Church Leaders To Meet With Reopening Advisory Board, Massachusetts Governor Says

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Religious leaders — including one from the Archdiocese of Boston — are expected to meet with the state’s Reopening Advisory Board on Saturday, May 9 to talk about when the governor might authorize churches to open for public services again.

Father Bryan Hehir, secretary for health care and social service for the Archdiocese of Boston, plans to attend the meeting, a spokesman for the archdiocese, Terrence Donilon, told New Boston Post on Friday evening.

Father Hehir is a member of the inner circle of Cardinal Sean O’Malley, the Roman Catholic archbishop of Boston.

Massachusetts Governor Charlie Baker said today he is anxious to hear what the religious leaders have to say, but did not describe a specific approach to authorizing church services to resume.

The governor did not identify the religious leaders. The governor’s press office did not immediately respond to a request for that information on Friday afternoon.

Reopening Advisory Board meetings are not open to the public.

Baker received a letter Thursday, May 7 signed by about 260 clerics that calls on him to declare churches essential and not stand in the way of their reopening. The letter argues that churches are as capable of sanitizing and practicing social distancing as other activities that are currently allowed under the governor’s executive order.

On March 23, the governor issued an executive order limiting most public gatherings to 10 people or less, including what the order calls “faith-based” events. The governor has argued that the order is necessary to try to limit the spread of coronavirus.

The clerics in their letter this week expressed disappointment that the governor’s order continues to severely limit church services and that no church representatives serve on the governor’s Reopening Advisory Board. The letter notes that the state and federal constitutions guarantee freedom of religion.

Most of the signers are independent evangelical Protestant pastors. The denominations include Lutherans, Baptists, Congregationalists, Pentecostals, and Assembly of God.

The signers as of Thursday, May 7 included a handful of Roman Catholic priests from the Archdiocese of Boston, but none of the four Catholic bishops in the state. The list also includes no members of the Episcopal Diocese of Massachusetts or the Massachusetts Council of Churches.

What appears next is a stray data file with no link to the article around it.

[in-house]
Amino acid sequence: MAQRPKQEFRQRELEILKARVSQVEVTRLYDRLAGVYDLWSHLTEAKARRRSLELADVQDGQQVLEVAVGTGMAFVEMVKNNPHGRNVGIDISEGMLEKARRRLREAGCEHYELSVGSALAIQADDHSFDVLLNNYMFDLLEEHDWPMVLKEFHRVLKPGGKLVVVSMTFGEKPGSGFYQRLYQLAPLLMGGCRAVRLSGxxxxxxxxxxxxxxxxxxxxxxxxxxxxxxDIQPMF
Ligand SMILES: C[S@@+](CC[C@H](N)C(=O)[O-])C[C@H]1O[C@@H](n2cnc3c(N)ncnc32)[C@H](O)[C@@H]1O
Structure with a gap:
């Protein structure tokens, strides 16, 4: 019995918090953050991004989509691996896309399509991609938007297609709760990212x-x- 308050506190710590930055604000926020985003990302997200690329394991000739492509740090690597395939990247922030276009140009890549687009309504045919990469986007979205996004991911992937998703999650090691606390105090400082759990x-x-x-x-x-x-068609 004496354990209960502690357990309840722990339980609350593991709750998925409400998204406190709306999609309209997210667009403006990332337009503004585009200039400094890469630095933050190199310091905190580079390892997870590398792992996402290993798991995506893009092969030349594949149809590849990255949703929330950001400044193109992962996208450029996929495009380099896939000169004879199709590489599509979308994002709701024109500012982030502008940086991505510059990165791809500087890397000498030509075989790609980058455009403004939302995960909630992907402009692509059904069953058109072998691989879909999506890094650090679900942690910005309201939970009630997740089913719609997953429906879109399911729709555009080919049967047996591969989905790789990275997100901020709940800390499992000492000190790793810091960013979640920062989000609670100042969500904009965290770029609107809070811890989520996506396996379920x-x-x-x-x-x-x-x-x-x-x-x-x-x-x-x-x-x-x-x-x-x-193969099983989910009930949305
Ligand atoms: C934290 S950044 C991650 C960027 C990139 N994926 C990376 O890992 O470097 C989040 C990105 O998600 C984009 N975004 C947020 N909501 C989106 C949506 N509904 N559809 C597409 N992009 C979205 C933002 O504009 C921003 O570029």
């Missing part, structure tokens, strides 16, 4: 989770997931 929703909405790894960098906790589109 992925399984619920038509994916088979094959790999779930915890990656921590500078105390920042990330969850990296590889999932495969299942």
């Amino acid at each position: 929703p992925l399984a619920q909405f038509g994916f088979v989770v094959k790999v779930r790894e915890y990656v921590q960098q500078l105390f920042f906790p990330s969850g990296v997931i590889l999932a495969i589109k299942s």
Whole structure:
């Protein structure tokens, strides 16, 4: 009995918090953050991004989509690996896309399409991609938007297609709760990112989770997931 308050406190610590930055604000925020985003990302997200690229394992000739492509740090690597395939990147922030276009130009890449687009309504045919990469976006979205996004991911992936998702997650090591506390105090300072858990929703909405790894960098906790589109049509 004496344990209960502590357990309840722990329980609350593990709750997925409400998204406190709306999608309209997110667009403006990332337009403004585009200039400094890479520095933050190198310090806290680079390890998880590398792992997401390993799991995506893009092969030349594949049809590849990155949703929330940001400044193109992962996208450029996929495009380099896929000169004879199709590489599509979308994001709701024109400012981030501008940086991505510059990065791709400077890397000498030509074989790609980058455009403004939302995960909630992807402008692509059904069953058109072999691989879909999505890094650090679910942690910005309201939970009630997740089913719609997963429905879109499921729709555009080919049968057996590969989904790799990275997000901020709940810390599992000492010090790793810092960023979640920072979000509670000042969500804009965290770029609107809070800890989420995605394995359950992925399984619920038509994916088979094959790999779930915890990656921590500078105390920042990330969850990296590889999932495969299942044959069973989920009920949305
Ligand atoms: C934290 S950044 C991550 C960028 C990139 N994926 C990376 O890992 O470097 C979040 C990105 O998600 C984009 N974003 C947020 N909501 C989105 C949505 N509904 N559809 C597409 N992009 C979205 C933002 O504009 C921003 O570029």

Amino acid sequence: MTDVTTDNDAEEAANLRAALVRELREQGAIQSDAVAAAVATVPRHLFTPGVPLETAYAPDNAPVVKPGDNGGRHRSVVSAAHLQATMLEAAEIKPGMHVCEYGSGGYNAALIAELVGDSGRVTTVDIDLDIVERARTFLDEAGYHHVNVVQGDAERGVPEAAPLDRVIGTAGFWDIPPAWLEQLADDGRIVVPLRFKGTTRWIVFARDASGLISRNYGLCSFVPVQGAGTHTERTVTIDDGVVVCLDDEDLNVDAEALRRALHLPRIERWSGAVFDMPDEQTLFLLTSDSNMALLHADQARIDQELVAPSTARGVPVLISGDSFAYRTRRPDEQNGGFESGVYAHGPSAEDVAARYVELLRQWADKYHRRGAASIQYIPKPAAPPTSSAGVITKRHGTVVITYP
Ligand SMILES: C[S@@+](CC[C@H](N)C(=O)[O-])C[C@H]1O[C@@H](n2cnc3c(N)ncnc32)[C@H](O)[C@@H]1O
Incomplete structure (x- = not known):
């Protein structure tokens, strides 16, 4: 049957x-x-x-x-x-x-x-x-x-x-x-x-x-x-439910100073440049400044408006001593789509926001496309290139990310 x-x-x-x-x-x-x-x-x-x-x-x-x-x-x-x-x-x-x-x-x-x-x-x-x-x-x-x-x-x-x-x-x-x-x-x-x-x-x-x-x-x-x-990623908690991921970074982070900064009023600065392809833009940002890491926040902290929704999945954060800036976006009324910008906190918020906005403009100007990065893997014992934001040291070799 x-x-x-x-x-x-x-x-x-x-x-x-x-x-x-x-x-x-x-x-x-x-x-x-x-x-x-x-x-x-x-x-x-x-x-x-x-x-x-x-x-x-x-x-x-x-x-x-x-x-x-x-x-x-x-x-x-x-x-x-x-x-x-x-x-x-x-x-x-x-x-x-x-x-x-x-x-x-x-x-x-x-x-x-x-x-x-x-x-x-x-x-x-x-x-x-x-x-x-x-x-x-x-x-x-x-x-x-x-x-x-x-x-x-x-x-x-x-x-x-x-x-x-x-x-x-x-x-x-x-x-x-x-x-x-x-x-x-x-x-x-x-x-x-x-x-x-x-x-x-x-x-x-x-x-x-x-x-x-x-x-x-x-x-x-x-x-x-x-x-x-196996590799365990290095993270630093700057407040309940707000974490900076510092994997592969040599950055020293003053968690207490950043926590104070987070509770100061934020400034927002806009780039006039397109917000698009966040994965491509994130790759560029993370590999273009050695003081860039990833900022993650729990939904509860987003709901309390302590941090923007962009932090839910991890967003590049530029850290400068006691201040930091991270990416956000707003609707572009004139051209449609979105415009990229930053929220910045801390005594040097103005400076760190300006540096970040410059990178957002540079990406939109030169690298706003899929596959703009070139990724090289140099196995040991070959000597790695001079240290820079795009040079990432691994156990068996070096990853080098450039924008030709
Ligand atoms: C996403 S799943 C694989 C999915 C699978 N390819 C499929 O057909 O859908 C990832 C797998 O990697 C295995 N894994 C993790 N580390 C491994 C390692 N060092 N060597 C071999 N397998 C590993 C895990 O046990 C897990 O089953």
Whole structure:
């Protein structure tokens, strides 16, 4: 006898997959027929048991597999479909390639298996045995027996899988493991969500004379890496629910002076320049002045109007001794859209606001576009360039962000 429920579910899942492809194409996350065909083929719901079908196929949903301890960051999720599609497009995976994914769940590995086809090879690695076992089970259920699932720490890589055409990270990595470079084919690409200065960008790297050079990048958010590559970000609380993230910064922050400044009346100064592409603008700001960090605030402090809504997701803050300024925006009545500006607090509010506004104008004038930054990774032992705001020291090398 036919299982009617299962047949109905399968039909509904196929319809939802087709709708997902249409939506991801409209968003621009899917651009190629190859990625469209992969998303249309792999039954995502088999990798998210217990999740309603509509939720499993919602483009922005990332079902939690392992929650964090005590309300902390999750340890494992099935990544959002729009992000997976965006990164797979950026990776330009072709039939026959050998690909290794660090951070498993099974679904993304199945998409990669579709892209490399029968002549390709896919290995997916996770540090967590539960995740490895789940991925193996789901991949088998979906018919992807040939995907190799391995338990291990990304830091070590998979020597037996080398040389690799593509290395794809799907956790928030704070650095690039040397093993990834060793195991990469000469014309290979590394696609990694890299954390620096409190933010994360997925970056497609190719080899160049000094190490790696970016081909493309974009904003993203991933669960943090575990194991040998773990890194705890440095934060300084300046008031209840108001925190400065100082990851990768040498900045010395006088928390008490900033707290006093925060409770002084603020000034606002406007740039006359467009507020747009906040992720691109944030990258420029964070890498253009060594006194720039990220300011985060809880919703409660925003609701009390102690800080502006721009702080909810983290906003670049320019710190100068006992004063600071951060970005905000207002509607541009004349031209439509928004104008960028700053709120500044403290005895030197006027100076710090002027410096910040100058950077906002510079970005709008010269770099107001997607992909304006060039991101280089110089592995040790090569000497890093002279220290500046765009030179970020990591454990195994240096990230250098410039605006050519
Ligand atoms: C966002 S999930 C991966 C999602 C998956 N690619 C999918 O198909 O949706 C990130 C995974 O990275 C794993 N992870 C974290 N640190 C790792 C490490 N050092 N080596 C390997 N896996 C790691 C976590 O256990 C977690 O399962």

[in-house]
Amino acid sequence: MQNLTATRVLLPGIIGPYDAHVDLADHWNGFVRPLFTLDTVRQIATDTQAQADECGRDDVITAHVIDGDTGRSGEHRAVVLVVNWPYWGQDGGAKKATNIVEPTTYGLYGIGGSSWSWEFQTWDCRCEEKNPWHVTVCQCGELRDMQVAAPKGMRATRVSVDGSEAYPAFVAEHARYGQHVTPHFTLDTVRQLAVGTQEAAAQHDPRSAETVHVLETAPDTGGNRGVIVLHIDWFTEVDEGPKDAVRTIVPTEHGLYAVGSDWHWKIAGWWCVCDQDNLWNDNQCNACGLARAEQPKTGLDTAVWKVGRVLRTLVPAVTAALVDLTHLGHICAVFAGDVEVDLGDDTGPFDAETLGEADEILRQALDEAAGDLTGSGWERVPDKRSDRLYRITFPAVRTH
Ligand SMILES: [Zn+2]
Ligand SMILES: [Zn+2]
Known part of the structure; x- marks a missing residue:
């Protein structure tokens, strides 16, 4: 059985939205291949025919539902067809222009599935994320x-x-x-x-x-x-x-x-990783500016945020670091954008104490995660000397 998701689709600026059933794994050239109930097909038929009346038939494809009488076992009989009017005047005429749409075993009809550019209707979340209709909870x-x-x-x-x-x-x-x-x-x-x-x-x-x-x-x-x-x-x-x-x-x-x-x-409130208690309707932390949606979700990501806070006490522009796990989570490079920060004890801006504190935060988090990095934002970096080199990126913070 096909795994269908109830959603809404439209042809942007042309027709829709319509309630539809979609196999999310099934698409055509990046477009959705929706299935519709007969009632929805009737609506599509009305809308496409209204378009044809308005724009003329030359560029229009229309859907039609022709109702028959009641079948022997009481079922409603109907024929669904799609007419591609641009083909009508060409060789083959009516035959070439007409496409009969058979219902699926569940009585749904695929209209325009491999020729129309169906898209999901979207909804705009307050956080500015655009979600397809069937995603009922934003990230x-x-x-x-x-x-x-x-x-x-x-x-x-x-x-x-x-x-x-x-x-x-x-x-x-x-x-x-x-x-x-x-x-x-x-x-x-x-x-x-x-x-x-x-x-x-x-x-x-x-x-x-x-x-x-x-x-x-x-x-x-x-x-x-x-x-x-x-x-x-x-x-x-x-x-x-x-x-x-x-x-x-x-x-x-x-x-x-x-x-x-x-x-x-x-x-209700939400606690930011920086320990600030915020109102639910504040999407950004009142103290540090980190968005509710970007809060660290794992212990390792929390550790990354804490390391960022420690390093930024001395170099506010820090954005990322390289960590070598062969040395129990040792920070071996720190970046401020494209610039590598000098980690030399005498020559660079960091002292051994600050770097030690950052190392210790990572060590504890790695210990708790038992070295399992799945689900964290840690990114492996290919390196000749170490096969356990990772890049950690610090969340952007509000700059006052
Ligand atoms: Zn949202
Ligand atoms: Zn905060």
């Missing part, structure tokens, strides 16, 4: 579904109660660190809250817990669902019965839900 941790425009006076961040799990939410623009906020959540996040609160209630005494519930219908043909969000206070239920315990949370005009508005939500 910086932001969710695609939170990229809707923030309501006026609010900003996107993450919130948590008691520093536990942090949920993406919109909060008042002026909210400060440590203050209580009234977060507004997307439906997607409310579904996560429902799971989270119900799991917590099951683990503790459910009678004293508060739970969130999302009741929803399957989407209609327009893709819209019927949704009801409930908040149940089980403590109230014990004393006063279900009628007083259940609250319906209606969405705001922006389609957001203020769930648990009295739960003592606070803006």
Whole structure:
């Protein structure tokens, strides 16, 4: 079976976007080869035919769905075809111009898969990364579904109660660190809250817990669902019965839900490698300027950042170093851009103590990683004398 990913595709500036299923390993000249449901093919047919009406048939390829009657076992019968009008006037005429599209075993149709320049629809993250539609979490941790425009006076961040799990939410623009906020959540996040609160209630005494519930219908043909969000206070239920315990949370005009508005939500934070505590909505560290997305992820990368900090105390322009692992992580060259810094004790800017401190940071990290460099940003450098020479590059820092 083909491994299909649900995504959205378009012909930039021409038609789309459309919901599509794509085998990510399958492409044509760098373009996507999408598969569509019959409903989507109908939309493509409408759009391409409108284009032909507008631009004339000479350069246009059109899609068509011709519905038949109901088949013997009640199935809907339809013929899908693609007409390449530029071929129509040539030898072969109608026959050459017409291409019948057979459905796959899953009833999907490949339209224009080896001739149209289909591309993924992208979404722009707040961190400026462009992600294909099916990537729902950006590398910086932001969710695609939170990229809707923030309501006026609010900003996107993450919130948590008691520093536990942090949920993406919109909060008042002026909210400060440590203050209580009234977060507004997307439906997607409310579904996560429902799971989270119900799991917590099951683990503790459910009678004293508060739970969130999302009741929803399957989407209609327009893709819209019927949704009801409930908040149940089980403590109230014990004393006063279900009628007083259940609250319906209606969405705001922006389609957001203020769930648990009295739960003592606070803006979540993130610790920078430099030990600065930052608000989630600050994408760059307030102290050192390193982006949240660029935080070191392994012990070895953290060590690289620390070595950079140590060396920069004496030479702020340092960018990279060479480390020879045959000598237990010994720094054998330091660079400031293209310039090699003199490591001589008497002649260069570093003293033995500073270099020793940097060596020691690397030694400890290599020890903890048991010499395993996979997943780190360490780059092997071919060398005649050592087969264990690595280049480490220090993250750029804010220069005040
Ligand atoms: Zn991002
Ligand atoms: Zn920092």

The letter does not mention an unfolding conflict in Worcester concerning a Baptist pastor who has held three church services exceeding the governor’s limit during the past couple of weeks. Pastor Kris Casey of Adams Square Baptist Church received a citation for a $300 civil penalty on Monday, May 4 and is expected to be hit with a subsequent $500 fine for the most recent service Wednesday, May 6.

Worcester officials say they are following the penalties set forth in a directive from the governor associated with his executive order limiting public gatherings. The directive allows a $500 fine and even imprisonment for third and subsequent offenses.

The governor did not address the Worcester church situation during his coronavirus press conference on Friday, May 8.

During the question-and-answer period of the press conference Friday, a reporter asked the governor a question that referred to the clerics’ letter.

Baker began his answer by asking another state official about when the Reopening Advisory Board expected to meet with church leaders.

A transcript of the exchange follows:


Reporter:  Governor, church leaders have asked you to start letting them … [inaudible] have services in some capacity.

How soon do you think they will be allowed to have those services?


Governor Charlie Baker:  I think, I think churches are coming to see you soon, aren’t they? Tomorrow. O.K..

I am very interested in hearing what comes from the conversations that the religious community has with, with the Reopening Advisory Board.

I said from the beginning that one of the most difficult elements of that gathering order, which limited gatherings to 10 or less, was the impact it had on people’s ability to practice their faith.

But that said, there’s plenty of evidence from around the world that in places where people didn’t do that, religious gatherings became a really big hotbed, and a hotspot of outbreak.

So, whatever we do here, that’s part of the reason why I’m anxious to hear what they have to say, is, we have to do that as safely as we can, working collaboratively with our colleagues in the religious community to ensure that it’s not a short-term thing. Whatever happens here, whenever that happens, we want it to be something that is sustainable over time.

And remember, a lot of the folks, I mean, a lot of the folks who, who practice their faith are older. I mean, there’s a lot of young people, too. But, I can’t remember the last time I went to a service in a temple or a mosque or a church or a cathedral, where a significant portion of the population wasn’t under the age of – or over the age of 50. And that’s exactly the community in many respects that we need to pay attention to.